Masters Capstone Seminar

Rather than write a thesis or take a comprehensive exam, students at the Trachtenberg School complete a Capstone Seminar as their final core course as a culmination of the achievement of earning a master’s degree. During the seminar, students work in a small team of classmates to design and implement substantial analytic projects for external clients, such as government agencies or nonprofit organizations. The pro bono projects result in a written report and a formal presentation of research results to both the external client and Trachtenberg School community. 


Capstone by the numbers

3 to 6 teammates

Capstone teams typically involve 5 students.

75 hours

“My team spent 75 hours running numbers in STATA.” — Janette Martinez, MPA ‘17 (Capstone projects vary, but can include analyzing raw data to inform policy.)

14 rounds

“We received 14 rounds of feedback from our Capstone advisor, including in-person meetings, written comments and presentation practice sessions.” — Michael Downey, MPP ‘17

1.5 presentations

“We had kind of half a presentation of our work to a collection of faculty, students and alumni. This was great practice for our official presentation to our client.” — Rachel Shank, MPA ‘18


zero dollars

“I learned a lot during the Capstone process. It was preparation for the job I do today with a consulting company.” — Christine Mellen, MPP ‘15 (Capstone projects are pro bono, but they are real work that can be included on your resume and LinkedIn)

2018 miles

“Our team was able to meet with the community and business leaders in Durango, CO, research the issue from our perspective, and then present those findings directly to the DOE.” — Ben Walsh, MA-ENRP, ‘12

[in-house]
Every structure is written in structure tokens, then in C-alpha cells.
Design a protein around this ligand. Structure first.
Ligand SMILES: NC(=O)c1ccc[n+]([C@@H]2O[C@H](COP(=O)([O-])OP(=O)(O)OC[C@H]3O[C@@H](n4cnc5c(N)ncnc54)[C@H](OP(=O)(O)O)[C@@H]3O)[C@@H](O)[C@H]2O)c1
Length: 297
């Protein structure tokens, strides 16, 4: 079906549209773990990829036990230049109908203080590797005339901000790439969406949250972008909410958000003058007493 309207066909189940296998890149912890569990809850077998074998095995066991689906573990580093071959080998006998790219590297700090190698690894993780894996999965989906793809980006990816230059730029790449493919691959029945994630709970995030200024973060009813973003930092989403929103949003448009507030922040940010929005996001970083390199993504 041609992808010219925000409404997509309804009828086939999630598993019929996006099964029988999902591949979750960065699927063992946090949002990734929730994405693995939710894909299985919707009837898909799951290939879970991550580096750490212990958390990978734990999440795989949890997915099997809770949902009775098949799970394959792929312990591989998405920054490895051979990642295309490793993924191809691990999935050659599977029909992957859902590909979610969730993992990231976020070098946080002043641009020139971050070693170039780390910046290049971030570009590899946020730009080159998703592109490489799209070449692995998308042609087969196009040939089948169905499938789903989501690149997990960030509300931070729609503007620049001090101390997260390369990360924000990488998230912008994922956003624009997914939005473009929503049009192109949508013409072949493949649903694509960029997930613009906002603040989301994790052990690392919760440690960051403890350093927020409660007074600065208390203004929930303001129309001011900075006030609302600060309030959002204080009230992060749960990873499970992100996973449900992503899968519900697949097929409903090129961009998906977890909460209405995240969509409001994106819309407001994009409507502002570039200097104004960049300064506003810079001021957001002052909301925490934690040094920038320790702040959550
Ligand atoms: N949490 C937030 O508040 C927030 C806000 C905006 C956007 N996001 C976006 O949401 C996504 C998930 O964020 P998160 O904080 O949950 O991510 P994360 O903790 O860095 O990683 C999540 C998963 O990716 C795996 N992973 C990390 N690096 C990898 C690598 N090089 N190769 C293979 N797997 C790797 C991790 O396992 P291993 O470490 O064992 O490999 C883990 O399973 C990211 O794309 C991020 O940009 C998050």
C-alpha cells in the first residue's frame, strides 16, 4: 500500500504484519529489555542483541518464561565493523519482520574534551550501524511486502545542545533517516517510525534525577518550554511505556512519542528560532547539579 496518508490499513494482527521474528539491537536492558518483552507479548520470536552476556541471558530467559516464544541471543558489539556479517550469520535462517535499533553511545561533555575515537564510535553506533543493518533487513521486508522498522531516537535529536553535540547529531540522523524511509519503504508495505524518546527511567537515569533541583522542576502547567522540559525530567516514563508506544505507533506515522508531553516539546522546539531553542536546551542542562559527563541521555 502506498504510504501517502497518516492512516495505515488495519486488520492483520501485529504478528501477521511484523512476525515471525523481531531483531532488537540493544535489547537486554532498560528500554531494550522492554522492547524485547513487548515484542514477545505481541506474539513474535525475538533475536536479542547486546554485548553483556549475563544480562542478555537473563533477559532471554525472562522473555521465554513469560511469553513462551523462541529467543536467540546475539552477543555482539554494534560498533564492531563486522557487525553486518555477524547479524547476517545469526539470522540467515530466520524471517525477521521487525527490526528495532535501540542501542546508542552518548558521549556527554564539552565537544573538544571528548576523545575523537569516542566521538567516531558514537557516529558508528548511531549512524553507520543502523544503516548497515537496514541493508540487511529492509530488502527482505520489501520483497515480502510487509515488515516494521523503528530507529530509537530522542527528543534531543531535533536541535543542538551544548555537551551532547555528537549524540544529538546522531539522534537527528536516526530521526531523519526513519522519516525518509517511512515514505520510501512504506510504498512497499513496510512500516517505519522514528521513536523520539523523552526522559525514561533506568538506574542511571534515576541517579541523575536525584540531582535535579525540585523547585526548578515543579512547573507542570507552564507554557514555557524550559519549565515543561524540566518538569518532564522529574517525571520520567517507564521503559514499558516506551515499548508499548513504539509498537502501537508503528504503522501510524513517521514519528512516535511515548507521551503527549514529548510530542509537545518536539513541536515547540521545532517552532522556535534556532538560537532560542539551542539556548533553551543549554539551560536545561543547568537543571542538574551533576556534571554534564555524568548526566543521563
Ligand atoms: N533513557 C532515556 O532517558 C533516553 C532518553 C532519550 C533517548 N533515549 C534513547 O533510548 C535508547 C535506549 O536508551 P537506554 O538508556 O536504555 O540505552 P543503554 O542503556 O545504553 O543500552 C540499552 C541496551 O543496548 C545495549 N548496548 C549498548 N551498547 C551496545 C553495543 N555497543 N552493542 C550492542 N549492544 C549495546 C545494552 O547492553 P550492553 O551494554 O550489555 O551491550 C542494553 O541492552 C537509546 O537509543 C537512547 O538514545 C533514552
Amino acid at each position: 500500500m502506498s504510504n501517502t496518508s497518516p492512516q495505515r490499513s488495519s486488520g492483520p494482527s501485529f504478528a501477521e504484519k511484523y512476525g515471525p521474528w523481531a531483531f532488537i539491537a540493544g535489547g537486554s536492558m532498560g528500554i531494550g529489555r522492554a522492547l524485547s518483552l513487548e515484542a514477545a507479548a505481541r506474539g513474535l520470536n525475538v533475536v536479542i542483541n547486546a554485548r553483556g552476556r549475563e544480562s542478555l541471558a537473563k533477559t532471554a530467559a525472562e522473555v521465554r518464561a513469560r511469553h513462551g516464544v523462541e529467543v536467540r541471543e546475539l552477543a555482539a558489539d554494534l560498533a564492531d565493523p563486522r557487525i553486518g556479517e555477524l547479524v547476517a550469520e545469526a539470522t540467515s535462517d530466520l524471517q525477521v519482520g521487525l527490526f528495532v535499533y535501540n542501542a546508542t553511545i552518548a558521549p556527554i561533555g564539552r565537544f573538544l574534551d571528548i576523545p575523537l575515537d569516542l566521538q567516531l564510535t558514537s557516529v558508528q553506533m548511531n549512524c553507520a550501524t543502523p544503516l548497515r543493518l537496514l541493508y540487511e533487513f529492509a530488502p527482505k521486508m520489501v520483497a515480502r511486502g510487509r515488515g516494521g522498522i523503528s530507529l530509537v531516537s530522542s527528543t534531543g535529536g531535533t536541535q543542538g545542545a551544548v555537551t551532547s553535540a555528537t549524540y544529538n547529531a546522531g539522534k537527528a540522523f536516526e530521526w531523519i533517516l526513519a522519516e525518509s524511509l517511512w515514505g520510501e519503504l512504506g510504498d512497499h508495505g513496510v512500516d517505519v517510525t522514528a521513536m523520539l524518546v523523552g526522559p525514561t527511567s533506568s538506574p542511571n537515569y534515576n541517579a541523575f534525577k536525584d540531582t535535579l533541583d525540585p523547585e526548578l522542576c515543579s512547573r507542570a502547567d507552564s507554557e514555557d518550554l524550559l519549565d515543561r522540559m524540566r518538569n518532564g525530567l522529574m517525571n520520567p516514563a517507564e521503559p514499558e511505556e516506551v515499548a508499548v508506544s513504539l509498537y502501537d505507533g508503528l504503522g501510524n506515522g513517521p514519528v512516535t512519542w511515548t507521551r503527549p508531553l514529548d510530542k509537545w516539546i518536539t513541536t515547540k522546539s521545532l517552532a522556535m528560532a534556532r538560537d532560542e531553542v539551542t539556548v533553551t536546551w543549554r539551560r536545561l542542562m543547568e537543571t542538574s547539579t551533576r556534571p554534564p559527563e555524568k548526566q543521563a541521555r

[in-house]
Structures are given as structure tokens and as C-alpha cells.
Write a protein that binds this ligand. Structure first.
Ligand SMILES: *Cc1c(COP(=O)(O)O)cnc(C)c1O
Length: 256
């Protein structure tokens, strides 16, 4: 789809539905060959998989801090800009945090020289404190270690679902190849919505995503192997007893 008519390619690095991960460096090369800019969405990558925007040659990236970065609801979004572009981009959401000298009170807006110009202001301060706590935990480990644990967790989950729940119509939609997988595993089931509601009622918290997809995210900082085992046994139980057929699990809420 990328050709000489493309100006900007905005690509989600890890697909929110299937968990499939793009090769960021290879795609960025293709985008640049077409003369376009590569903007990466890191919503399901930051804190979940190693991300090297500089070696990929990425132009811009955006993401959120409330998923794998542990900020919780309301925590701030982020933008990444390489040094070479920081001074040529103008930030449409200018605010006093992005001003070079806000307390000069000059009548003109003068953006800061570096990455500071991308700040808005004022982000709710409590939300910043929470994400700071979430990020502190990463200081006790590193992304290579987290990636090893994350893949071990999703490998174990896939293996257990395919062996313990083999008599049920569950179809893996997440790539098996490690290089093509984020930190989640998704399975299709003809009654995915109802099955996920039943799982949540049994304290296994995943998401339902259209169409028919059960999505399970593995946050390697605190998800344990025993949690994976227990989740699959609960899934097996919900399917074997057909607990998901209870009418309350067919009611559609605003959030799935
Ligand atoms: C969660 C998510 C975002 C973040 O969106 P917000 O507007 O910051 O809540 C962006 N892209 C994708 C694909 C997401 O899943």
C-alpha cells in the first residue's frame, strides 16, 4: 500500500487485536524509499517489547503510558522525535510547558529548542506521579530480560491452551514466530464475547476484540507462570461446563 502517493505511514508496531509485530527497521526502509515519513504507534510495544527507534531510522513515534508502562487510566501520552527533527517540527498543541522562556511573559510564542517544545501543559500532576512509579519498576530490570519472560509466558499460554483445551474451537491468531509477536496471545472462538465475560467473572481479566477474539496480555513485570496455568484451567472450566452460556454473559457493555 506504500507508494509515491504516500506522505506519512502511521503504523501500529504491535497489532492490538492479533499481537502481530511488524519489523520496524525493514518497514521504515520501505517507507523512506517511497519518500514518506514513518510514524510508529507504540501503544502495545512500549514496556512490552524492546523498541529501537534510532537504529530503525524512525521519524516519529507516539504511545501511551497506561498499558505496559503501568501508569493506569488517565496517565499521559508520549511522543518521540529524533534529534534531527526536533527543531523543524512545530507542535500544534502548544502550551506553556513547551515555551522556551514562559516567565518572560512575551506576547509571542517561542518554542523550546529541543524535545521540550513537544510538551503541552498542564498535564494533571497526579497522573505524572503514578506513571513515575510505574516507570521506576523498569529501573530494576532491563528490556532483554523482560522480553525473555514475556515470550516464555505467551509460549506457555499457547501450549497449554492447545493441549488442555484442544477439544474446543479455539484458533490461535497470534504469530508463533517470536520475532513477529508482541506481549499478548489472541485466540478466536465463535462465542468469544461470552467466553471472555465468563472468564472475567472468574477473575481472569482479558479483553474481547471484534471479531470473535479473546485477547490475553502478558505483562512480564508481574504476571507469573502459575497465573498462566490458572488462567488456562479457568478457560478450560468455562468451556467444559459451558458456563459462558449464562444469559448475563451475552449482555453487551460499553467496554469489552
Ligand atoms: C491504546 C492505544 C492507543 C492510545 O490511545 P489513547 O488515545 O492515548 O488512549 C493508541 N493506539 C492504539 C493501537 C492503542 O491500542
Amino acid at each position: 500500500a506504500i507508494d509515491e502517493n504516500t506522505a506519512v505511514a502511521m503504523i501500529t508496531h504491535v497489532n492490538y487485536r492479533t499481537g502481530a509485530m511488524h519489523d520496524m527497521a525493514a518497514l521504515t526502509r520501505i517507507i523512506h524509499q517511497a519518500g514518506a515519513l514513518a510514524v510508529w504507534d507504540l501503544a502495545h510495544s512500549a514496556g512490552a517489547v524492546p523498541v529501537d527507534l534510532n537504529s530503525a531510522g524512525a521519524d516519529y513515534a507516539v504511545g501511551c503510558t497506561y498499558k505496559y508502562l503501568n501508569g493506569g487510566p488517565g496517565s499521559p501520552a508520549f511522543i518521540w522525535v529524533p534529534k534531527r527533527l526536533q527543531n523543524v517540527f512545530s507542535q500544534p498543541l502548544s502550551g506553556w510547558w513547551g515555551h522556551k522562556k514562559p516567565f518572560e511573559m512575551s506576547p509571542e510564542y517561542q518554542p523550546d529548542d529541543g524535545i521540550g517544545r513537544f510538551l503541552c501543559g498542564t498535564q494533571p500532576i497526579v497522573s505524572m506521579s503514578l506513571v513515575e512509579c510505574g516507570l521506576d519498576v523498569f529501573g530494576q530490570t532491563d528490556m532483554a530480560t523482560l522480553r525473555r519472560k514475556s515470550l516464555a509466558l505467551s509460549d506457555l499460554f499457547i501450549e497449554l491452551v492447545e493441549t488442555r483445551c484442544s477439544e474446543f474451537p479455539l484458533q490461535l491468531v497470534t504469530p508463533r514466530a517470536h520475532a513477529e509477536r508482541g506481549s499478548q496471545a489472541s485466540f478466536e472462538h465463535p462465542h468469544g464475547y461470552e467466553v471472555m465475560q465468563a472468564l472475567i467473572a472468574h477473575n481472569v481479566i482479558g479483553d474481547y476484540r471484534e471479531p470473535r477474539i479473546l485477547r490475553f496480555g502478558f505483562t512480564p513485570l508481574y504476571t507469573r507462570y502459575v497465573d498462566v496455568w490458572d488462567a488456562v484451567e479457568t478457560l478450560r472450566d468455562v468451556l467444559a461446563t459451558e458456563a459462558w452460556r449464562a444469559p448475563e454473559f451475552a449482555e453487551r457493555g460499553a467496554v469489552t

• Identify and solve a real world problem
  • Work collaboratively with other students and relevant members of the client agency
  • Integrate skills and knowledge gained from previous courses and experiences
  • Practice the full complement of communication skills, including written reports and oral presentations





Over the past three years, capstone projects have been completed in 14 categories: 

  • Childhood Development & Education
  • Domestic Violence & Human Trafficking
  • Energy, Environment, & Sustainability
  • Engineering & Technology
  • Government & Public Administration
  • Healthcare
  • Housing, Employment, & Poverty
  • Hunger & Food Security
  • International Development
  • Other
  • Security
  • Social Justice Policy
  • Urban Development & Transportation
  • Veterans Affairs

The Students' Role

The Capstone team’s role is similar to that of an external consultant. Using specifications and guidance from an external agency or nonprofit organization, the team will clarify project goals and identify who on the team will be responsible for each assignment. The team will submit a final report to the client agency and to Trachtenberg School faculty at the conclusion of the project. All members of the team will be equally responsible for the success of the project. Accomplishing this ambitious goal – particularly in a one-semester time span – requires more than simple mastery of prior courses; it requires moving rapidly with adroit planning, aggressive time management, resourcefulness and creativity.

The Client's Role

Because the teams must work in a limited timeframe of 8-10 weeks, it is important that the client and team agree on a topic of importance and interest to both the client and the team, making sure that the task is suitable for the time period and resources available. Constructing a mutually advantageous and feasible research effort is often an iterative process that may evolve even after the agreement on an initial scope of work. Throughout the process, the client provides information and access to necessary data to the student team. Capstone teams produce a professional, comprehensive written report and oral presentation with the results of their work to the client at the end of the semester -- early December for Fall Capstones and late April/early May for Spring Capstones.